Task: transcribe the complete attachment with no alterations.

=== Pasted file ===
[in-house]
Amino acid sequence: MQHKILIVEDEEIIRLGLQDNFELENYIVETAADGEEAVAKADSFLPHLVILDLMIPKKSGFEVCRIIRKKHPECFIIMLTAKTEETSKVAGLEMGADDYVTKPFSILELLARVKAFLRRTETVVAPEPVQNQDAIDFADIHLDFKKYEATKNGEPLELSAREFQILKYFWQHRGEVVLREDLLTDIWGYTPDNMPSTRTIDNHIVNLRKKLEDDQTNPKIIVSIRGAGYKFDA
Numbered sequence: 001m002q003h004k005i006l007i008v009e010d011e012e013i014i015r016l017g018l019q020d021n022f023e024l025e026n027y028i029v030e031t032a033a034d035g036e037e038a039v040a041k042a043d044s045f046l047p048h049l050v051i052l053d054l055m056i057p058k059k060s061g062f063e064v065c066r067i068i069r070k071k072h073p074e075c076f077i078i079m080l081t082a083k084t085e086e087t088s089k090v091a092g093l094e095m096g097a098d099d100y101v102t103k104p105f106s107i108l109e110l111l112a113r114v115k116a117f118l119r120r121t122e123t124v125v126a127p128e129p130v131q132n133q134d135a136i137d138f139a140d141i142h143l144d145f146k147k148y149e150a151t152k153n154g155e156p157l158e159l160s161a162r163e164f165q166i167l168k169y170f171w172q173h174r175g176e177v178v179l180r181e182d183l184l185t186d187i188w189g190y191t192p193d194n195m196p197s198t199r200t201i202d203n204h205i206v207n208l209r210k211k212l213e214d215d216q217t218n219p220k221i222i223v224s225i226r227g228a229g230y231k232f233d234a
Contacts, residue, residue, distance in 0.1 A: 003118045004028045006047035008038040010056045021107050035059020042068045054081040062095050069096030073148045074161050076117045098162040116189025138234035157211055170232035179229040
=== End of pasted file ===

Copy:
[in-house]
Amino acid sequence: MQHKILIVEDEEIIRLGLQDNFELENYIVETAADGEEAVAKADSFLPHLVILDLMIPKKSGFEVCRIIRKKHPECFIIMLTAKTEETSKVAGLEMGADDYVTKPFSILELLARVKAFLRRTETVVAPEPVQNQDAIDFADIHLDFKKYEATKNGEPLELSAREFQILKYFWQHRGEVVLREDLLTDIWGYTPDNMPSTRTIDNHIVNLRKKLEDDQTNPKIIVSIRGAGYKFDA
Numbered sequence: 001m002q003h004k005i006l007i008v009e010d011e012e013i014i015r016l017g018l019q020d021n022f023e024l025e026n027y028i029v030e031t032a033a034d035g036e037e038a039v040a041k042a043d044s045f046l047p048h049l050v051i052l053d054l055m056i057p058k059k060s061g062f063e064v065c066r067i068i069r070k071k072h073p074e075c076f077i078i079m080l081t082a083k084t085e086e087t088s089k090v091a092g093l094e095m096g097a098d099d100y101v102t103k104p105f106s107i108l109e110l111l112a113r114v115k116a117f118l119r120r121t122e123t124v125v126a127p128e129p130v131q132n133q134d135a136i137d138f139a140d141i142h143l144d145f146k147k148y149e150a151t152k153n154g155e156p157l158e159l160s161a162r163e164f165q166i167l168k169y170f171w172q173h174r175g176e177v178v179l180r181e182d183l184l185t186d187i188w189g190y191t192p193d194n195m196p197s198t199r200t201i202d203n204h205i206v207n208l209r210k211k212l213e214d215d216q217t218n219p220k221i222i223v224s225i226r227g228a229g230y231k232f233d234a
Contacts, residue, residue, distance in 0.1 A: 003118045004028045006047035008038040010056045021107050035059020042068045054081040062095050069096030073148045074161050076117045098162040116189025138234035157211055170232035179229040